At Heritage Clay Tiles Ltd we have very carefully crafted our Clayhall range of clay roof tiles to replicate all the features of genuine handmade clay tiles, the Clayhall hand crafted range of tiles offers a superb alternative roof tile when budget restrictions have to be considered, although the price will suit even a modest budget, we will not compromise on quality or durability with our excellent range of Clayhall roof tiles.
The Clayhall roof tiles range gives a wonderful choice of shades and colours to suit any property. With beautiful handcrafted quality and character, you really cannot go wrong with the Clayhall roof tiles range from Heritage Clay Tiles Ltd.
The Clayhall roof tile is manufactured to the dimensions of 265 x 165mm, with glorious shades and textures that will look amazing on any project. When you considerthe quality you get at this price point, it is little wonder that the Clayhall roof tile is a firm favourite with our customers up and down the country.
The start of the Norman Conquest was the Battle of Hastings, fought on 14 October 1066, although the battle itself took place eight miles to the north at Senlac Hill, and William the Conqueror had landed on the coast between Hastings and Eastbourne at Pevensey.
It is thought that the Norman encampment was on the towns outskirts, where there was open ground; a new town was already being built in the valley to the east. That New Burgh was founded in 1069 and is mentioned in the Domesday Book as such. William defeated and killed Harold Godwinson, the last Saxon King of England, and destroyed his army, thus opening England to the Norman conquest.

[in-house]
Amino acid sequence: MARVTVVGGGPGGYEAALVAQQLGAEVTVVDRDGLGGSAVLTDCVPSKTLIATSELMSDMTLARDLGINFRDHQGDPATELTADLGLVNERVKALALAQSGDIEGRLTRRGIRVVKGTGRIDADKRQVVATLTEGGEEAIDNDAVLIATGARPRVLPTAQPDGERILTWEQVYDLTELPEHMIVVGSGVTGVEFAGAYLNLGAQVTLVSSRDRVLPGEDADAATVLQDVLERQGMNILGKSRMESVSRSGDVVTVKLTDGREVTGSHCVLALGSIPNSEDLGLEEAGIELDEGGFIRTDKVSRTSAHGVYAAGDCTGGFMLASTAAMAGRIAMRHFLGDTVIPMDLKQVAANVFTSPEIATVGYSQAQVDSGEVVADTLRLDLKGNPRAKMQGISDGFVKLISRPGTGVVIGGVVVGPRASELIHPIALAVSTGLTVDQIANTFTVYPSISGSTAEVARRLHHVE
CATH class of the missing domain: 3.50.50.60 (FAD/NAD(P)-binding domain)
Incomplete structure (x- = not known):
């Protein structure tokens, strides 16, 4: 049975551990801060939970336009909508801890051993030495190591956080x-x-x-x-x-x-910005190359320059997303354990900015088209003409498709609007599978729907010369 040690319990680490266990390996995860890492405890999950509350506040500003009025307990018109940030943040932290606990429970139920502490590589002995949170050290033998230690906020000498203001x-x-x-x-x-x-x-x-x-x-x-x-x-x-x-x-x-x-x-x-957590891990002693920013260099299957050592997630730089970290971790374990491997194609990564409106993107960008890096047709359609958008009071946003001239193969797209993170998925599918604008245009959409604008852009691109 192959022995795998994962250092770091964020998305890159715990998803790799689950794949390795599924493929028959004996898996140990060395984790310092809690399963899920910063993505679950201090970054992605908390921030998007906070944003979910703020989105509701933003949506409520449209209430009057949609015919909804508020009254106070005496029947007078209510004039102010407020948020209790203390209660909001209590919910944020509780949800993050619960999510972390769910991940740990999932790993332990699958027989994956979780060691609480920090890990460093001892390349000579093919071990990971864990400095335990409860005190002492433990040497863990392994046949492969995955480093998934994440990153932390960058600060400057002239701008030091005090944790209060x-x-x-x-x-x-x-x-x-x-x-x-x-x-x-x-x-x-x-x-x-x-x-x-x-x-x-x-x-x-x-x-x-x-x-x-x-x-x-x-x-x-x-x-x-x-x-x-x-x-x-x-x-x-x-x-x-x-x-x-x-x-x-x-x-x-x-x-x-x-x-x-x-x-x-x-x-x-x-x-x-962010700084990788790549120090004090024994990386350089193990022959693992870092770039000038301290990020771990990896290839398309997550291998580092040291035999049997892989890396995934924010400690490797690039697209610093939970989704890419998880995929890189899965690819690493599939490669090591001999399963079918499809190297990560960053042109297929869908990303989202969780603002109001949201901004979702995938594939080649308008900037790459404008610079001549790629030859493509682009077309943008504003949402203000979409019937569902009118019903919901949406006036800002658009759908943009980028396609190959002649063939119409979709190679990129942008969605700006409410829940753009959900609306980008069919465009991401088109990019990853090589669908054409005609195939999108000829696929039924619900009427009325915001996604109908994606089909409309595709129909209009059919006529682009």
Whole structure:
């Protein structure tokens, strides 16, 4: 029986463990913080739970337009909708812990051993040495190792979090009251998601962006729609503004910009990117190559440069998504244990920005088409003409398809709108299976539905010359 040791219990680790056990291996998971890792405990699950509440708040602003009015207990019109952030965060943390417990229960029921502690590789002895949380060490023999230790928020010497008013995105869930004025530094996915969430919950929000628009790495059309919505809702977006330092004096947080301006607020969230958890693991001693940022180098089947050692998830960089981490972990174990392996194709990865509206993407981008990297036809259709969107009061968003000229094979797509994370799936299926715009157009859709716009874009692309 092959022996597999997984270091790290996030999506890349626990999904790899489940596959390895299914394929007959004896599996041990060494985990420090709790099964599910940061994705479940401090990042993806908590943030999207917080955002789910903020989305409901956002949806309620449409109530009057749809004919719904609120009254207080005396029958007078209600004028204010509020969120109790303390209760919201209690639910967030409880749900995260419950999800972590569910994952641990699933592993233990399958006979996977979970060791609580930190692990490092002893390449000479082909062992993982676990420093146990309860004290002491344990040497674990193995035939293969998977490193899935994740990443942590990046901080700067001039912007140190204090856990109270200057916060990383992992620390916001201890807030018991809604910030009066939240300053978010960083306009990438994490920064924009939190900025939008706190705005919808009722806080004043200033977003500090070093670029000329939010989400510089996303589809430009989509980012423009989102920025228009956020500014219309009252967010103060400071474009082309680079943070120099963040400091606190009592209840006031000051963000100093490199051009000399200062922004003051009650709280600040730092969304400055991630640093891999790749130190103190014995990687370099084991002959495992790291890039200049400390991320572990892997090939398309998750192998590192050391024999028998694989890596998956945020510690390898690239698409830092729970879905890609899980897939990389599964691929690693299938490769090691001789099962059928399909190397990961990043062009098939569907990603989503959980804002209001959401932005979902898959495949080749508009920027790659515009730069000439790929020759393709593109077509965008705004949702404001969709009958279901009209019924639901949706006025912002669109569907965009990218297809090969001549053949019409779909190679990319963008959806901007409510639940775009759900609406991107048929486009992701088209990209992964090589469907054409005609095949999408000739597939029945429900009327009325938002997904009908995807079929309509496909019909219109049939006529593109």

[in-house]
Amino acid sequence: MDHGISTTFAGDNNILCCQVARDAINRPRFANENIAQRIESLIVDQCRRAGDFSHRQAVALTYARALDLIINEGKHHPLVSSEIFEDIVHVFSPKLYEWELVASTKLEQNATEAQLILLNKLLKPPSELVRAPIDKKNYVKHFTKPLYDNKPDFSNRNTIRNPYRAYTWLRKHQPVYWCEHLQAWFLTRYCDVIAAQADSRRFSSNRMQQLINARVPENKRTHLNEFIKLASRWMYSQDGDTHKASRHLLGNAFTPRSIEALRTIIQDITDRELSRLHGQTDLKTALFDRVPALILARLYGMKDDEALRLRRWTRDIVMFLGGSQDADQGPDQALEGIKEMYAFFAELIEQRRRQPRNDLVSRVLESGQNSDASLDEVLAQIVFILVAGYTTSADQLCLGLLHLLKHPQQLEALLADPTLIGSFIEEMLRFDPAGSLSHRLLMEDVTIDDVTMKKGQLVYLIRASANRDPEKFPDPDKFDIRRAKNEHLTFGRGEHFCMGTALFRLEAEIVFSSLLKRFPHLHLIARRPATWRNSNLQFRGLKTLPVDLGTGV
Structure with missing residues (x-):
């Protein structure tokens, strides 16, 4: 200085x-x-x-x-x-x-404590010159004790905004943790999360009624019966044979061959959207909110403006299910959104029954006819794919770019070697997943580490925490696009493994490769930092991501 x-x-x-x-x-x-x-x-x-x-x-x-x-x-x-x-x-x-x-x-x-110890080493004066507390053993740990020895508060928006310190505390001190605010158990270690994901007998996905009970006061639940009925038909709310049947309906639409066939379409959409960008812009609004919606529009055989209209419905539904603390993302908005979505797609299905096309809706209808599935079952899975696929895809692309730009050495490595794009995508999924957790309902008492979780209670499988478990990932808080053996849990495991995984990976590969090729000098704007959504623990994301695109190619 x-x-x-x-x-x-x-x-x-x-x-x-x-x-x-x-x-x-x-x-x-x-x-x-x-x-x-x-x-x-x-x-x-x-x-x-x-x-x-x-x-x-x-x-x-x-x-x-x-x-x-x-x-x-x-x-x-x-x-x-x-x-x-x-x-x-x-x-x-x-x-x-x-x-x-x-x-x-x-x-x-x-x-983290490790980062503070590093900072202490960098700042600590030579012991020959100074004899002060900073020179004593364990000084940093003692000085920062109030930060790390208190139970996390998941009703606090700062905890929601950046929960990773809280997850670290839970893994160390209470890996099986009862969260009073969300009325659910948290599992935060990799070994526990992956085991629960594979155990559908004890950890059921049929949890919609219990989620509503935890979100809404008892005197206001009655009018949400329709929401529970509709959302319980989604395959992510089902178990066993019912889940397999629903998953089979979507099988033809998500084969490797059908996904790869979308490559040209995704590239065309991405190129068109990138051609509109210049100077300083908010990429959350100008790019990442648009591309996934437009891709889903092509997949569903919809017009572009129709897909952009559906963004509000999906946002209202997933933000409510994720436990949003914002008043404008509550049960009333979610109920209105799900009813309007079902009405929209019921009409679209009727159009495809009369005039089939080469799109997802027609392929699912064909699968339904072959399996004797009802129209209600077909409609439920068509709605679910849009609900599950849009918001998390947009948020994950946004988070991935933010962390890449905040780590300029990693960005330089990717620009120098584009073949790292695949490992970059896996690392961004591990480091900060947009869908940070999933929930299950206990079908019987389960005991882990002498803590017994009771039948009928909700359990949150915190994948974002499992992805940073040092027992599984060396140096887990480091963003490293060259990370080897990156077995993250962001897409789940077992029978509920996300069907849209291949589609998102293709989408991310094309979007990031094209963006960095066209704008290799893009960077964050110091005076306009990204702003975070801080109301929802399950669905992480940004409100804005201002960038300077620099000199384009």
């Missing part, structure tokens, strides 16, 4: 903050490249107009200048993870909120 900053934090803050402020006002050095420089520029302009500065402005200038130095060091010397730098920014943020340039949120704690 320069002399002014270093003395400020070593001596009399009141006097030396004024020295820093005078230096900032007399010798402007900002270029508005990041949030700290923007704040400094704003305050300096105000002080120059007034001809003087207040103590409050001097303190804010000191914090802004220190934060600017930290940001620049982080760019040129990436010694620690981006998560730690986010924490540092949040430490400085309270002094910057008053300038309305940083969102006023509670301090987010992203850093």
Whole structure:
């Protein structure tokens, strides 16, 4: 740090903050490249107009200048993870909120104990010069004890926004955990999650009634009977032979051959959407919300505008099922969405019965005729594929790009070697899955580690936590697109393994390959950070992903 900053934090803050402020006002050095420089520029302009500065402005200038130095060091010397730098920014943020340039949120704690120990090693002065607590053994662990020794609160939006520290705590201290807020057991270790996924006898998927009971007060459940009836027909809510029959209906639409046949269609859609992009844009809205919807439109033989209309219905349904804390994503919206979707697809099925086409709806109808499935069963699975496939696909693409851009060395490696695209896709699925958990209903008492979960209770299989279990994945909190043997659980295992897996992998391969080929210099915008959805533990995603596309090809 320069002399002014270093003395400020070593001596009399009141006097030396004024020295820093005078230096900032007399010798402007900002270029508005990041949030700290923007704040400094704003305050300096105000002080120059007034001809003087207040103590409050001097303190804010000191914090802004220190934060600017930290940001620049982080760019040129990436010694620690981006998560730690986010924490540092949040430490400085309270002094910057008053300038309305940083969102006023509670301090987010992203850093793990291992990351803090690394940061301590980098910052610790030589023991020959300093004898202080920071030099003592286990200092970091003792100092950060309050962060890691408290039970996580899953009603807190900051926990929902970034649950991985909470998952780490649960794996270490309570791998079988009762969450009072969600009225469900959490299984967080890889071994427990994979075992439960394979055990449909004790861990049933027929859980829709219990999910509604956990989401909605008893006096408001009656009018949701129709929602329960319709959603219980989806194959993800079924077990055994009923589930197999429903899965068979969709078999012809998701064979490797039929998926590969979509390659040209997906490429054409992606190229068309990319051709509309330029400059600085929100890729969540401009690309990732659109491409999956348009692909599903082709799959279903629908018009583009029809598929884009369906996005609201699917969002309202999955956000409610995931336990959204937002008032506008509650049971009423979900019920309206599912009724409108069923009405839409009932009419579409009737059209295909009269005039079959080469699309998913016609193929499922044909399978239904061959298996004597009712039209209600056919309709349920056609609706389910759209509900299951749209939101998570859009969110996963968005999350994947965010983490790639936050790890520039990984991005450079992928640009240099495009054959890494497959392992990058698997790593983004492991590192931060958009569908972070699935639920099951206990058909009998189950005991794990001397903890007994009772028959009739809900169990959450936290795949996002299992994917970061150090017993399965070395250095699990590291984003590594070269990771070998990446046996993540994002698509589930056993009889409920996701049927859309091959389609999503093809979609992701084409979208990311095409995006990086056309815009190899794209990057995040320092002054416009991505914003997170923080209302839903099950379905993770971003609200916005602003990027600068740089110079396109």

William had a castle built at Hastings probably using the earthworks of the existing Saxon castle that had stood in that part of East Sussex for many years already.
Hastings was shown as a borough of East Sussex by the time the Domesday Book of 1086 was compiled; it had also given its name to the Rape of Hastings, one of the six administrative divisions of Sussex. As a borough, Hastings had a corporation consisting of a bailiff, jurats, and commonalty. By a Charter of Elizabeth I in 1589, the bailiff was replaced by a mayor.
Muslim scholar Muhammad al-Idrisi, writing in 1153, described the East Sussex town of Hastings as a town of large extent and many inhabitants, flourishing and handsome, having markets, workpeople and rich merchants.
By the end of the Saxon period, the East Sussex port of Hastings had moved eastward near the present town centre in the Priory Stream valley, whose entrance was protected by the White Rock headland. It was to be a rather short stay as Danish attacks and huge floods in 1011 and 1014 caused the townspeople to relocate to the New Burgh.
In the Middle Ages, the East Sussex town of Hastings had become one of the Cinque Ports; Sandwich, Dover and New Romney being the first, Hastings and Hythe followed, all finally being joined by Rye and Winchelsea, at one point 42 towns were directly or indirectly affiliated with the group.
In the 13th century, much of the town and half of Hastings Castle was washed away in the South England flood of February 1287. During a naval campaign of 1339, and again in 1377, the town was raided and burnt by the French, and seems then to have gone into a decline. As a port, Hastings days were finished.
Hastings Castle is still a major draw for tourists to East Sussex to this very day. The temptation to visit is increased by the significant battle that once raged in this landmark East Sussex town.
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